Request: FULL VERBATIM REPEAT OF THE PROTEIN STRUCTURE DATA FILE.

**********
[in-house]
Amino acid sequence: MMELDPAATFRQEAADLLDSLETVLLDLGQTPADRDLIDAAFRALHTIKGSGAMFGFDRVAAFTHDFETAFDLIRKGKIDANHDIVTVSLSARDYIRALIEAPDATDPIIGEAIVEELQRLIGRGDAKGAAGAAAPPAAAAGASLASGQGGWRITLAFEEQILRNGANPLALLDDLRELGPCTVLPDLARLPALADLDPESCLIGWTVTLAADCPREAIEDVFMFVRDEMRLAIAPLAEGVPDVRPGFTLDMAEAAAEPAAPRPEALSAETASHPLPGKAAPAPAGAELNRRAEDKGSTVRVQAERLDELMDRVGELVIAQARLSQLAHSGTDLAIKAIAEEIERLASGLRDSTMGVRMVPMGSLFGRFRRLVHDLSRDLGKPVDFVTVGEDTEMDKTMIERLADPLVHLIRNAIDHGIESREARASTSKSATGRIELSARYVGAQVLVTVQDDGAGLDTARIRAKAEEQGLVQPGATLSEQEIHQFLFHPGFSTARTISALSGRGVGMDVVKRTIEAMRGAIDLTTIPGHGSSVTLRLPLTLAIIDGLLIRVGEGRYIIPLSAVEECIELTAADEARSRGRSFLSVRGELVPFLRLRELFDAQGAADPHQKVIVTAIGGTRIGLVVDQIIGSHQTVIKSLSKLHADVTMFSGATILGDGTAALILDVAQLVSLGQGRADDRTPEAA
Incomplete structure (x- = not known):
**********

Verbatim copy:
[in-house]
Amino acid sequence: MMELDPAATFRQEAADLLDSLETVLLDLGQTPADRDLIDAAFRALHTIKGSGAMFGFDRVAAFTHDFETAFDLIRKGKIDANHDIVTVSLSARDYIRALIEAPDATDPIIGEAIVEELQRLIGRGDAKGAAGAAAPPAAAAGASLASGQGGWRITLAFEEQILRNGANPLALLDDLRELGPCTVLPDLARLPALADLDPESCLIGWTVTLAADCPREAIEDVFMFVRDEMRLAIAPLAEGVPDVRPGFTLDMAEAAAEPAAPRPEALSAETASHPLPGKAAPAPAGAELNRRAEDKGSTVRVQAERLDELMDRVGELVIAQARLSQLAHSGTDLAIKAIAEEIERLASGLRDSTMGVRMVPMGSLFGRFRRLVHDLSRDLGKPVDFVTVGEDTEMDKTMIERLADPLVHLIRNAIDHGIESREARASTSKSATGRIELSARYVGAQVLVTVQDDGAGLDTARIRAKAEEQGLVQPGATLSEQEIHQFLFHPGFSTARTISALSGRGVGMDVVKRTIEAMRGAIDLTTIPGHGSSVTLRLPLTLAIIDGLLIRVGEGRYIIPLSAVEECIELTAADEARSRGRSFLSVRGELVPFLRLRELFDAQGAADPHQKVIVTAIGGTRIGLVVDQIIGSHQTVIKSLSKLHADVTMFSGATILGDGTAALILDVAQLVSLGQGRADDRTPEAA
Incomplete structure (x- = not known):